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Published on: 20-Jun-2022

While some hard-core athletes may question the classification of dance as sport, the superb muscle tone and tremendous fitness of dancers prove otherwise. In fact, dance might just be the ideal exercise. In addition to a total body workout, dancing provides both aerobic and anaerobic fitness, not to mention the mood boost provided by music. 

Anti-aging benefits

Now, research shows that dance may also be an ideal activity for the elderly. While all physical exercise has an anti-aging effect on the hippocampus region of the brain, a study appearing in Frontiers in Human Neuroscience compared dancing and endurance training and found that dancing had the more profound effect.

The study examined exercise in elderly volunteers, averaging 68 years old, over the course of eighteen months. Subjects were assigned to either a dance course, where they learned and performed new dance routines each week, or a traditional endurance and flexibility training program involving repetitive exercises. Both groups showed an increase in the hippocampus region of the brain, the area that is tied to cognitive functions and can be prone to age-related decline. However, while both dance and endurance training had an anti-aging effect on the brain, only dancing corresponded to a noticeable difference in behavior, specifically improved balance. The authors attributed the difference to the extra cognitive challenge of learning dance routines.

Dance for all ages

Young people and middle-aged adults can also benefit from the total body workout of dance and experience its cognitive advantages. Dancing combines aerobic and weight-bearing exercise, along with social, memory, and mental health benefits, including:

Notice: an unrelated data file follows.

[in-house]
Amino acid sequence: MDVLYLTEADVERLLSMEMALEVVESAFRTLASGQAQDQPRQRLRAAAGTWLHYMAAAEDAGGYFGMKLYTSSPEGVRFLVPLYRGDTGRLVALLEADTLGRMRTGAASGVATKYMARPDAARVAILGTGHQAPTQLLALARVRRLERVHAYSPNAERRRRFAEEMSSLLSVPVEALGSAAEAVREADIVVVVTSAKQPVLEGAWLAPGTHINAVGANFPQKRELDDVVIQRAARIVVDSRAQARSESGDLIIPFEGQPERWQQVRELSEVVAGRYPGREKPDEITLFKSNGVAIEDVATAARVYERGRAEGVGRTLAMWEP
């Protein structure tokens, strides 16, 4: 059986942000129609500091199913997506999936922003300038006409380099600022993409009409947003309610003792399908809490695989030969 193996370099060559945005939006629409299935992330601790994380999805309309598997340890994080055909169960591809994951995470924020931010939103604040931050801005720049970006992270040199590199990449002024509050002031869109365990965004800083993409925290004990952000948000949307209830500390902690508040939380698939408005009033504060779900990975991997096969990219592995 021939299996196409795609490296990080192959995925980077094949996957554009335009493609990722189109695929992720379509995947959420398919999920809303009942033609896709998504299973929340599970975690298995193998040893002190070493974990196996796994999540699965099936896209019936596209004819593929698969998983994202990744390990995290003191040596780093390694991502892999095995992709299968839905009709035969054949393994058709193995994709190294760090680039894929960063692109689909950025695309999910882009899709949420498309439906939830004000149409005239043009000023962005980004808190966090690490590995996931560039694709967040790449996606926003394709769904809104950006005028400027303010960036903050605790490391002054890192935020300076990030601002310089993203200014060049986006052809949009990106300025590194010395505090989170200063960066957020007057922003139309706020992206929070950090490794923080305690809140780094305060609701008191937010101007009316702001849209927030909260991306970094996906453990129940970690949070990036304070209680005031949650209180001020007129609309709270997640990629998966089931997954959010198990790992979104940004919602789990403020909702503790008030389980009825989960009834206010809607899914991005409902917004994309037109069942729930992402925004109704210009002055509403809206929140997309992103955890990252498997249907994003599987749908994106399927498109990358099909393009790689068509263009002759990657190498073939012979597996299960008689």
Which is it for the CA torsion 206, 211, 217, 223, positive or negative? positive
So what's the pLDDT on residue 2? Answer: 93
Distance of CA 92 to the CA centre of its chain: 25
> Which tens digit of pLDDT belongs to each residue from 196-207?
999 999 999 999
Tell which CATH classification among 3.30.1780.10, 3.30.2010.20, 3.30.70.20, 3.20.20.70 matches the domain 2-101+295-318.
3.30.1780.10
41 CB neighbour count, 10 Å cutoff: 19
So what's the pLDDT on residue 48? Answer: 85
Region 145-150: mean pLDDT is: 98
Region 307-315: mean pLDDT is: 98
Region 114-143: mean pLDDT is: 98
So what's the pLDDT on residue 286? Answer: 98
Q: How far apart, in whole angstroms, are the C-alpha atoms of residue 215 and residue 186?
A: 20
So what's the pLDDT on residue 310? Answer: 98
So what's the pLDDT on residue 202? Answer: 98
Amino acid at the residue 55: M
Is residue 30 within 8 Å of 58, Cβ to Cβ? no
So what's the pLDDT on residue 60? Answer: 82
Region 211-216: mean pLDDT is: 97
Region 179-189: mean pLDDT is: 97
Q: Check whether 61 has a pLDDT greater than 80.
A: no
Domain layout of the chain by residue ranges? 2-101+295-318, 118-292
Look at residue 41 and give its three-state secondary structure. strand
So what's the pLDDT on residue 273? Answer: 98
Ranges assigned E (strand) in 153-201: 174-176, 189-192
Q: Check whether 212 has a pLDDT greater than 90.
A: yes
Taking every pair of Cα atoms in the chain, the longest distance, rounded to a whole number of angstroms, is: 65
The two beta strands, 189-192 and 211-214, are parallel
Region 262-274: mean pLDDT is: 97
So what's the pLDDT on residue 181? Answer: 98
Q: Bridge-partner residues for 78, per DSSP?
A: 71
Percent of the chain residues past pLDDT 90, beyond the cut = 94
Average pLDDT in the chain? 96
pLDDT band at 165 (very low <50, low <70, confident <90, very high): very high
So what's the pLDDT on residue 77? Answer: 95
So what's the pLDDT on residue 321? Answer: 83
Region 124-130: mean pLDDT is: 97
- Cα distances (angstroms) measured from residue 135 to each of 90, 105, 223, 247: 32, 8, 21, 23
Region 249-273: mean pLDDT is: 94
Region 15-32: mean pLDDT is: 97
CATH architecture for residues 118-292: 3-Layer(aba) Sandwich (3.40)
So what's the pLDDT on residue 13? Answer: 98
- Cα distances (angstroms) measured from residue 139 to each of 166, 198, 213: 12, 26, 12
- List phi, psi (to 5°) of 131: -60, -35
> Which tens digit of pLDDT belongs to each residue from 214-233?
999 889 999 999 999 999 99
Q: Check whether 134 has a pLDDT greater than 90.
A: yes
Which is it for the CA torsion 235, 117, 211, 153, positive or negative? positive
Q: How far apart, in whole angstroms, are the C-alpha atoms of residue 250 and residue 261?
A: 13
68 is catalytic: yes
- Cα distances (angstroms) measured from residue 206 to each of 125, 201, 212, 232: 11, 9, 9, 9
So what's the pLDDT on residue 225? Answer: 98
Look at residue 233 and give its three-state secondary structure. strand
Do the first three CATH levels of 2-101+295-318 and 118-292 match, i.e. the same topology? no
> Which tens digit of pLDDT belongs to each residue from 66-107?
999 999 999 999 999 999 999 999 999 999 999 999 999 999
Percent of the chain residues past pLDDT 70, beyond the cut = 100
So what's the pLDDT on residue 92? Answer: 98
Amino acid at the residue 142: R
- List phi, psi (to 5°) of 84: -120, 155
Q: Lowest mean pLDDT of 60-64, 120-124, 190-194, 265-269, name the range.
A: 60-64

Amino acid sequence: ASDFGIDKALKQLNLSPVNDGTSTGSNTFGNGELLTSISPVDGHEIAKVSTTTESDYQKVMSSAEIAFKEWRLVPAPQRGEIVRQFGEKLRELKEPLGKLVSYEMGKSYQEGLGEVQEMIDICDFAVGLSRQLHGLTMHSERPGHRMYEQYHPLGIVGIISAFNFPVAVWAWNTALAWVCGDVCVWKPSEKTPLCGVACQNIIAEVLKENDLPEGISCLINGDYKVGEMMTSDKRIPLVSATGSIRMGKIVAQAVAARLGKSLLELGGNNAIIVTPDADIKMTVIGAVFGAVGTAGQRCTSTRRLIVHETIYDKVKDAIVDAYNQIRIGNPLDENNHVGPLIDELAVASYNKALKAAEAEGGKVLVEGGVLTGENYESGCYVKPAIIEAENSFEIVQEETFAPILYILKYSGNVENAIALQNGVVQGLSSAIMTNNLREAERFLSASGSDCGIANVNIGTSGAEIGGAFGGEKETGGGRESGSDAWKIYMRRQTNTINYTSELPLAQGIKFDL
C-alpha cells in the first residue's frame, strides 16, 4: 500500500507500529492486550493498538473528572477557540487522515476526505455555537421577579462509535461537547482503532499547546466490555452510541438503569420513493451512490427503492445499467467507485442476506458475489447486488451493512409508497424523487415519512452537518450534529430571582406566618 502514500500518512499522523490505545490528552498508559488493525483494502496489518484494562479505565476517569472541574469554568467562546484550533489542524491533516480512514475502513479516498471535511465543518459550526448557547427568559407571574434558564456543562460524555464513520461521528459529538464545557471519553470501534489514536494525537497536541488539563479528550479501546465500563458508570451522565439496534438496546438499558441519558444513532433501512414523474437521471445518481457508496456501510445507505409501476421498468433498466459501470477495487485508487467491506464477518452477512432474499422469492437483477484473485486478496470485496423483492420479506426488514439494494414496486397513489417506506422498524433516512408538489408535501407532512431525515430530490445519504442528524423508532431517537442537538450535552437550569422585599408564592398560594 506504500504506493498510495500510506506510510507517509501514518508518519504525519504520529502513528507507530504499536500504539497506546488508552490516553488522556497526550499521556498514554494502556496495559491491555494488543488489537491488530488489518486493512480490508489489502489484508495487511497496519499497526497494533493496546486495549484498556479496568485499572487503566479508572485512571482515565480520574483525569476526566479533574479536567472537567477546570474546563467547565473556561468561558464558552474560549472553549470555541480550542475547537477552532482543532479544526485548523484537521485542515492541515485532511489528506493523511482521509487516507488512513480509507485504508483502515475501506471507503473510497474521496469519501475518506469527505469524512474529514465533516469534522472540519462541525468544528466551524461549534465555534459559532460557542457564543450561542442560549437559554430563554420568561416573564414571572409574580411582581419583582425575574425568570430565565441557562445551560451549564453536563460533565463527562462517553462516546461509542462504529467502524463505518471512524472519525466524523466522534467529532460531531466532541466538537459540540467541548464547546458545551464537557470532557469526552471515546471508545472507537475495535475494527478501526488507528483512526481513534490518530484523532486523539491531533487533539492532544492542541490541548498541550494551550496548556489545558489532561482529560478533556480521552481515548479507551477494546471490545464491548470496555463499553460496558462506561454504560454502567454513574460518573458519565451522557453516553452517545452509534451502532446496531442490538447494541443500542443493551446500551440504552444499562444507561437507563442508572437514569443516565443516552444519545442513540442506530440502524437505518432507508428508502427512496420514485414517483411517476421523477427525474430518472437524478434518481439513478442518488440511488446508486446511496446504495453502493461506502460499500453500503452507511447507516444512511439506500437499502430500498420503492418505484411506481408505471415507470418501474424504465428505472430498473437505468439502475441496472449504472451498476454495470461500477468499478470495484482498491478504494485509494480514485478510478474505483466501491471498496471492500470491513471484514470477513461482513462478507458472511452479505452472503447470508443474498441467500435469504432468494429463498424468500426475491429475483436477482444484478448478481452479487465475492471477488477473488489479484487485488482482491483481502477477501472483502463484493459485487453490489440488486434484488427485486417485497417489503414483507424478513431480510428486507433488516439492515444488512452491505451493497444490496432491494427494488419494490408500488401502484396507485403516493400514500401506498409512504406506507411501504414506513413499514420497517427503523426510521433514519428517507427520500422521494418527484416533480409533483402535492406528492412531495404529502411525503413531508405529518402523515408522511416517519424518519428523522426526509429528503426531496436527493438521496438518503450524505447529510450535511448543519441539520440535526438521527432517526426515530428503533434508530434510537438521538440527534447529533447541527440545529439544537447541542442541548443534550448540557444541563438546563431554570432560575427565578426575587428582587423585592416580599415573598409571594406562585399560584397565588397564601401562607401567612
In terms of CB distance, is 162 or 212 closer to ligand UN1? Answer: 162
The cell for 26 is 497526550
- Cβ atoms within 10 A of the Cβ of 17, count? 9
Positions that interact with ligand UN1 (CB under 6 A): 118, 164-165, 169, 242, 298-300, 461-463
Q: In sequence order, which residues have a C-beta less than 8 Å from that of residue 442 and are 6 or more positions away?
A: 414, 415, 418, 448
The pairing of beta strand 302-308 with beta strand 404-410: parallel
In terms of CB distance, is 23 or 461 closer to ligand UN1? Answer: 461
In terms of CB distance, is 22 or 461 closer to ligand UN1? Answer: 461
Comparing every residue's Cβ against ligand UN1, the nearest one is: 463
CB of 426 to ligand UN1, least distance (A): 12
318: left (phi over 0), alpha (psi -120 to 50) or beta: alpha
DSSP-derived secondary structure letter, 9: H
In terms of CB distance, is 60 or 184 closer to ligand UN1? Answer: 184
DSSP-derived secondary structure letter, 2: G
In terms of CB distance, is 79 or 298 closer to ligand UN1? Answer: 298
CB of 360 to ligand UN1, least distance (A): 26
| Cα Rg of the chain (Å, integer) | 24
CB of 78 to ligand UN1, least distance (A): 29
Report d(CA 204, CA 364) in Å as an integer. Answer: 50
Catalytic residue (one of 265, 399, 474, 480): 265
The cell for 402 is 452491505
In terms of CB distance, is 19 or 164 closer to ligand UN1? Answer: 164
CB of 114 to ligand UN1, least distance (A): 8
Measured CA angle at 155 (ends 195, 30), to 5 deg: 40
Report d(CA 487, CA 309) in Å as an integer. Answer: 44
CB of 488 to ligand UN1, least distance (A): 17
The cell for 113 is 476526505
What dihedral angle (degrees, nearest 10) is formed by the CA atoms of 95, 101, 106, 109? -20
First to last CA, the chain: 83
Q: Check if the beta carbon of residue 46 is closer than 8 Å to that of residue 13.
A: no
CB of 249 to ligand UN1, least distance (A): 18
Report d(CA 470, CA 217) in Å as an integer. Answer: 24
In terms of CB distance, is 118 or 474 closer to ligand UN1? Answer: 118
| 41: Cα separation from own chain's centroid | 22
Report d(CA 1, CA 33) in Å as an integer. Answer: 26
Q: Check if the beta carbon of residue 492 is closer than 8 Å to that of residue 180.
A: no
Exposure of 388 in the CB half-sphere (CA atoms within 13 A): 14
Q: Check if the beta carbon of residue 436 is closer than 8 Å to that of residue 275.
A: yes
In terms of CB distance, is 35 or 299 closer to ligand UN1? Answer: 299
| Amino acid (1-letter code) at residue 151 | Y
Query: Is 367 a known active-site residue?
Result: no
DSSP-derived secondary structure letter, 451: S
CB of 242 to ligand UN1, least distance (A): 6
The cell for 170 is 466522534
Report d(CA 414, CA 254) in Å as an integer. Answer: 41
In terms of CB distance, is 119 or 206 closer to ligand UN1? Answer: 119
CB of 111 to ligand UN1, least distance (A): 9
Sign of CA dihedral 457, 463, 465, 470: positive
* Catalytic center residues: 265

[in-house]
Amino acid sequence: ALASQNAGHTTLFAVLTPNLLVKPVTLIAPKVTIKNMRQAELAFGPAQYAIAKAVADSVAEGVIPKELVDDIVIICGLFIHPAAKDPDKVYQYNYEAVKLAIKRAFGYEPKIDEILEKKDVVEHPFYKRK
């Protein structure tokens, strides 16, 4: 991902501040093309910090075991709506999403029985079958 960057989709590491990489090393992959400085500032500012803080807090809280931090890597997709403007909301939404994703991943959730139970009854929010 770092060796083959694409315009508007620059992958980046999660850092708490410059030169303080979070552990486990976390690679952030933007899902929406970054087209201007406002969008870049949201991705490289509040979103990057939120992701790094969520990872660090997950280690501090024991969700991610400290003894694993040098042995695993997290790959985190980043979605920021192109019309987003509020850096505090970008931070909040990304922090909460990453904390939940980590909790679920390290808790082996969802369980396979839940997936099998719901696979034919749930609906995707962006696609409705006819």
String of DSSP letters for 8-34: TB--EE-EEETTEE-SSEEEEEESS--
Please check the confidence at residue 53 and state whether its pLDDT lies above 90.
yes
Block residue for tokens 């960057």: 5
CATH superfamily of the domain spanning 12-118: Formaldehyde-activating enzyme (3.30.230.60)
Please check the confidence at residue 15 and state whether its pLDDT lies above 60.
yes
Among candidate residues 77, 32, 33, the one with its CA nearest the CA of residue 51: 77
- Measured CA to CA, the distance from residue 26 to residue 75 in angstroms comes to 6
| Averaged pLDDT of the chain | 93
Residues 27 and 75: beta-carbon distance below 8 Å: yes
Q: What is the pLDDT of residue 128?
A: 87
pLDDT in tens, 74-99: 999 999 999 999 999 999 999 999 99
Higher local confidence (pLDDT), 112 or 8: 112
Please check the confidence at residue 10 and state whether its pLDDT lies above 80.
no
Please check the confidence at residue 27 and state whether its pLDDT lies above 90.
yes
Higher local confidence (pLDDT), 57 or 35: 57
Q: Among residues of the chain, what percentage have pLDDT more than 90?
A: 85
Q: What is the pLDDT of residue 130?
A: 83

• Better heart health
  • Stronger muscles
  • Better balance and coordination
  • Stronger bones
  • Lower risk of dementia
  • Improved memory
  • Reduced stress
  • More energy
  • Improved mood

From traditional ballroom or ballet to Jazzercize, Zumba, or even dance video games, there’s a wide variety of options and styles to choose from. Of course, the workout you get depends on the type of dancing you do and how long you do it. Most types of ballroom dancing burn about 260 calories in an hour, while more intense dance, like salsa or aerobics, allow you to burn up to 500 calories an hour. However, in addition to the calorie burn, dancing offers a total body workout while providing cognitive benefits and a mental health boost. 


Authored by Zach Meeker, Research Assistant for Midwest Orthopaedics at Rush University Medical Center

References:

Kathrin Rehfeld, Patrick Müller, Norman Aye, Marlen Schmicker, Milos Dordevic, Jörn Kaufmann, Anita Hökelmann, Notger G. Müller. Dancing or Fitness Sport? The Effects of Two Training Programs on Hippocampal Plasticity and Balance Abilities in Healthy Seniors. Frontiers in Human Neuroscience, 2017.

The post Dance Your Way to Fitness appeared first on Sports Medicine Weekly.